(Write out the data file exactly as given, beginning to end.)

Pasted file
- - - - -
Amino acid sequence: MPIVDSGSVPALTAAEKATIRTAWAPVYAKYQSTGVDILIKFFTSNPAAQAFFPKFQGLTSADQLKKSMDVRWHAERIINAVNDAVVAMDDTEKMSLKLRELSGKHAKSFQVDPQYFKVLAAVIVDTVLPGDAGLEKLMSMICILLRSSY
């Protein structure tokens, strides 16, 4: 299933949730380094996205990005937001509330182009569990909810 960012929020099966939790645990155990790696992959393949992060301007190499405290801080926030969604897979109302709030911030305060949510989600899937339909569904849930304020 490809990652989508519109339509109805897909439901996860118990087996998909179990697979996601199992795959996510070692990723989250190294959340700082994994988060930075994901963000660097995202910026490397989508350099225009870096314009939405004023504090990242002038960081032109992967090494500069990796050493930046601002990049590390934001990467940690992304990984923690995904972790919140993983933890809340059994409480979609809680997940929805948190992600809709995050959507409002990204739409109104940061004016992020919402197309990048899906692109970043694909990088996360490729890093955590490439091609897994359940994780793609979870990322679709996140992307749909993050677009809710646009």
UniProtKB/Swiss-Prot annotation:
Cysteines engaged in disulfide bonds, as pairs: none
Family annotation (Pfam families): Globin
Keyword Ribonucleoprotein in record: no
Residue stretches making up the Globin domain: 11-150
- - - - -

Amino acid sequence: MPIVDSGSVPALTAAEKATIRTAWAPVYAKYQSTGVDILIKFFTSNPAAQAFFPKFQGLTSADQLKKSMDVRWHAERIINAVNDAVVAMDDTEKMSLKLRELSGKHAKSFQVDPQYFKVLAAVIVDTVLPGDAGLEKLMSMICILLRSSY
């Protein structure tokens, strides 16, 4: 299933949730380094996205990005937001509330182009569990909810 960012929020099966939790645990155990790696992959393949992060301007190499405290801080926030969604897979109302709030911030305060949510989600899937339909569904849930304020 490809990652989508519109339509109805897909439901996860118990087996998909179990697979996601199992795959996510070692990723989250190294959340700082994994988060930075994901963000660097995202910026490397989508350099225009870096314009939405004023504090990242002038960081032109992967090494500069990796050493930046601002990049590390934001990467940690992304990984923690995904972790919140993983933890809340059994409480979609809680997940929805948190992600809709995050959507409002990204739409109104940061004016992020919402197309990048899906692109970043694909990088996360490729890093955590490439091609897994359940994780793609979870990322679709996140992307749909993050677009809710646009």
UniProtKB/Swiss-Prot annotation:
Cysteines engaged in disulfide bonds, as pairs: none
Family annotation (Pfam families): Globin
Keyword Ribonucleoprotein in record: no
Residue stretches making up the Globin domain: 11-150